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30: Making Farming Sexy Again - How Climate Farmers aims to support Regenerative Farmers with Co-Founder Philippe Birker

Philippe spent his adolescent years in an agricultural town in Western Germany. His grandmother was a farmer herself, with a 165 hectare farm! He has now dedicated his work to improving recognition of the important role that farmers play in our world, and promoting sustainable regenerative agriculture practices.

After studying at Maastricht University, where he received both his bachelors and masters degree, Philippe spent 5 years working in business and community development for several impact start-ups. He later embarked on the journey to regenerative farming, after moving out from the city to reconnect with nature. This led him to co-found Climate Farmers, which aims to build the infrastructure to scale regenerative agriculture by developing an ecosystem measurement system as a baseline to finance sustainable farming practices. In founding Climate Farmers, he spent a year travelling to over 60 regenerative farms to learn the principles, stories, and inspirations of real farmers in the sustainable agriculture space.

Philippe is currently part of Ashoka's Changemaker community, the BMW Foundation Responsible Leader Network, TED Countdown, Viva con Agua, and the Love Foundation which he co-founded in 2013. Fun fact about Philippe: Since 2009 he has been a world record holder for simultaneous fire breathing!

You can listen to this episode here:

You can also listen to this podcast at Spotify, Apple Podcast, Google Podcast or other major podcast distributors:

What is regenerative farming and Why?

Regenerative agriculture is a holistic approach to farming, which aims to meet the needs of both the people and the earth. Unlike conventional farming methods that may deplete soil fertility over time, regenerative farming seeks to regenerate soil health, biodiversity, and overall ecosystem resilience. It emphasizes organic and agroecological principles, utilizing practices such as cover cropping, crop rotation, and minimal tillage to improve soil structure and fertility.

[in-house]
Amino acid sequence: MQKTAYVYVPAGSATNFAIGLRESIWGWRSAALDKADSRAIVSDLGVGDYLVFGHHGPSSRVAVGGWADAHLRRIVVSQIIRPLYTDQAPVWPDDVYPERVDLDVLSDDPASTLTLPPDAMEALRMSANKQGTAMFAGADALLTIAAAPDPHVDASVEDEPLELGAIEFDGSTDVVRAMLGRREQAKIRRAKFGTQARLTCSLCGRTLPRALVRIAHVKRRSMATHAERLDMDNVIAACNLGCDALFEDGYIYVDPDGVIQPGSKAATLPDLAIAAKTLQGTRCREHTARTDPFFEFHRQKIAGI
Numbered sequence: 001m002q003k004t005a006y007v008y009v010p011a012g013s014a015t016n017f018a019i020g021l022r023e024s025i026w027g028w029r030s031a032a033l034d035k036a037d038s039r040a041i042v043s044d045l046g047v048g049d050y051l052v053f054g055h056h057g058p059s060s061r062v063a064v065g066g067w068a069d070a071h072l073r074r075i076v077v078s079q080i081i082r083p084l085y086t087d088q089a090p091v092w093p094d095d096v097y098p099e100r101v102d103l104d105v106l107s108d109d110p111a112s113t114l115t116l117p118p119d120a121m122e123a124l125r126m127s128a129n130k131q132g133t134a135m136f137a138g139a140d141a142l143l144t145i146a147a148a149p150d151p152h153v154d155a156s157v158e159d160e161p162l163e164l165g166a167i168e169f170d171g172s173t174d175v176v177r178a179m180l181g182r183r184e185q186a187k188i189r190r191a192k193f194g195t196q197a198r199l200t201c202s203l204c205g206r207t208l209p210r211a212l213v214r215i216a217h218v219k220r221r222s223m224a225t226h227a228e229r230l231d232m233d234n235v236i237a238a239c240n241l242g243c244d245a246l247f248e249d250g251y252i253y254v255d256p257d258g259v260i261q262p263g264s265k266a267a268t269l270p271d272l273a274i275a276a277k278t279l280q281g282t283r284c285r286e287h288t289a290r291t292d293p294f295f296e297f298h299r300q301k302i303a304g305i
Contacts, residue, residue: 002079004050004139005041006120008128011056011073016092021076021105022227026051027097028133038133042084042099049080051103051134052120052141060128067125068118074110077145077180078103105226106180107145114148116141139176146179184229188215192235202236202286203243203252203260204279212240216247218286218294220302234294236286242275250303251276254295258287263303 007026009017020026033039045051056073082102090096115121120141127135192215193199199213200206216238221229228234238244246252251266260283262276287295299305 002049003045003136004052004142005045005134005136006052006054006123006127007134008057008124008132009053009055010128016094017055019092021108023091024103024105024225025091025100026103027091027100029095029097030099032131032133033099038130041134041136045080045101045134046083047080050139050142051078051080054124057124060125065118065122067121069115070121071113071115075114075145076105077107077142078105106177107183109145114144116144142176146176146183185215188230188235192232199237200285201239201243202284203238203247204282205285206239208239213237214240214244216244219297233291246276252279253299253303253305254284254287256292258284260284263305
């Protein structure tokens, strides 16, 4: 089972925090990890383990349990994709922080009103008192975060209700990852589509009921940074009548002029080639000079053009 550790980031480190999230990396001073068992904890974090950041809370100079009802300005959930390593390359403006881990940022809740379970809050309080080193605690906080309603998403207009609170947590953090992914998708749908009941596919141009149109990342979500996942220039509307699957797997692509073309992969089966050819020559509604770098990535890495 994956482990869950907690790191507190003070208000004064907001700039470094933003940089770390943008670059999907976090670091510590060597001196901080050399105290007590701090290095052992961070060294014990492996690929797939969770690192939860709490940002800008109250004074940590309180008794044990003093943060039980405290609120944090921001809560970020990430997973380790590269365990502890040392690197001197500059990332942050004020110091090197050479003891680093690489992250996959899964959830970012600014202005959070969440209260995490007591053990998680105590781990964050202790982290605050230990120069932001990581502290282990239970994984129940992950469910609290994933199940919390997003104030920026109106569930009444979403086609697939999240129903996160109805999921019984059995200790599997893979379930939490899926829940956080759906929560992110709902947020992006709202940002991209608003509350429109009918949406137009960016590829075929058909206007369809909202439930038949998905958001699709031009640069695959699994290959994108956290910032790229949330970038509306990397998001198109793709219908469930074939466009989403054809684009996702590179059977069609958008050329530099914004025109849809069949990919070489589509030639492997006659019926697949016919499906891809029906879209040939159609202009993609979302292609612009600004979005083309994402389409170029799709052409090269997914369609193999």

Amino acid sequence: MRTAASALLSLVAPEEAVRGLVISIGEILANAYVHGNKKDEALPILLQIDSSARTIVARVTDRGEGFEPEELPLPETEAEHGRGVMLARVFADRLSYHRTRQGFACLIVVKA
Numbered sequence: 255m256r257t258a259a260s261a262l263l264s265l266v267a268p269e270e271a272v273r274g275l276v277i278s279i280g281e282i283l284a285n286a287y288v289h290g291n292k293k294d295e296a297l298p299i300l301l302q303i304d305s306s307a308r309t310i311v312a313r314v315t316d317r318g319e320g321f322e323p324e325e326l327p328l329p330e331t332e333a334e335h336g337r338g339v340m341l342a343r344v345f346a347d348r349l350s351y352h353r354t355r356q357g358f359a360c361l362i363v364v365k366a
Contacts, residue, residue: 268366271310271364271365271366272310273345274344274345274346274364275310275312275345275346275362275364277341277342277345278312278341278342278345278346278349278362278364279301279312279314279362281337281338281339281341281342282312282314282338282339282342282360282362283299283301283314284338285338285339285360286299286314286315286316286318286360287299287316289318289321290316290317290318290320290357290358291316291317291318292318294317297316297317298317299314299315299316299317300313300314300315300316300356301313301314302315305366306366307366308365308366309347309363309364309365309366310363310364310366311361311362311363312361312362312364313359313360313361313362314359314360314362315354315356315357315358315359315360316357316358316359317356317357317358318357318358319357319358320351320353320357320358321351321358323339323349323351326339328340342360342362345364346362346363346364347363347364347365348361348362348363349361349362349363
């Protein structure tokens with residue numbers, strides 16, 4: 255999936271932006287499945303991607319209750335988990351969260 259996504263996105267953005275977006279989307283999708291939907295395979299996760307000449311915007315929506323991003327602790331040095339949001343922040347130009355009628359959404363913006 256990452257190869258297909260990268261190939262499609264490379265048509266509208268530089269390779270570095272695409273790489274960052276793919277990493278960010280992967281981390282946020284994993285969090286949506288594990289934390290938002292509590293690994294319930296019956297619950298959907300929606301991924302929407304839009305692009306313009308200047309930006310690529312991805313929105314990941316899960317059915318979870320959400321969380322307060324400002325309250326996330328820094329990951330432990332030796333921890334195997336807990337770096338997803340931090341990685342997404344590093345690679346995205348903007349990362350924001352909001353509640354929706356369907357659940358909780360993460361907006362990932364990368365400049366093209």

One key aspect of regenerative farming is carbon sequestration, with the goal of mitigating climate change by capturing and storing atmospheric carbon dioxide in the soil. This process not only helps combat global warming but also contributes to improved soil health and water retention.

Regenerative agriculture aims to restore the soil and ecosystem health, address inequity, and preserve our land, waters, and climate for future generations.

What does Climate Farmers Do?:

Climate Farmers aims to build the infrastructure to scale regenerative agriculture in Europe.

Their vision? To live in a world where humans exist in harmony with nature.

To do this, Climate Farmers has two key functions.

  1. Regenerative Farming Academy - a non-profit branch of Climate Farmers which aims to unite a community of regenerative farmers to support and guide the transition into regenerative agriculture. Through meetings, chat groups, and conferences, this group connects new and old sustainable farmers to promote best practices and share new ideas.

  2. Carbon Credits - Through the CarbonCredit+ program, regenerative farmers are able to receive subsidization to help them in operating their farm with regenerative practices. Companies and industries are able to purchase these credits through Carbon Farmers, connecting them directly to the farmer that they are supporting and allowing companies to meet their own carbon goals.

Since its founding in 2019, Climate Farmers has supported the transition of 400 farms into regenerative agriculture, totalling over 20,000 hectares of farm land! (Source:

What are Carbon Credits and how do they work:

Carbon Credits are one of the current approaches used to aid in the removal of carbon in the atmosphere. With new market regulations and pressures on sustainability, companies are being encouraged to reduce carbon emissions. In cases where that is not possible, companies can purchase Carbon Credits to help offset the unavoidable carbon emissions they produce, thereby meeting sustainability targets while still operating at a competitive level.

In this episode we address the following questions:

  • What does it mean to "Make farmers sexy again?" 3:00

  • What is your take on the current farming protests? 5:00

  • Is regenerative agriculture bringing sexy back to farming (is this the future of farming)? 8:00

  • What are the main benefits of regenerative agriculture? 11:45

  • How do you define regenerative agriculture? 13:44

  • What is the timeframe that this works in? 15:30

  • What needs to change in the European context for regenerative agriculture to take root? 16:45

  • What brought you to founding climate farmers? 19:00

  • What brought you to climate farmers? 21:30

  • How do you measure the carbon storing in soil? 24:00

  • How can you secure the carbon in the soil? 25:30

  • How do you avoid overpromising with carbon credits? 26:30

  • How does this business model work? 27:30

  • What else needs to change to make farming profitable again? 29:00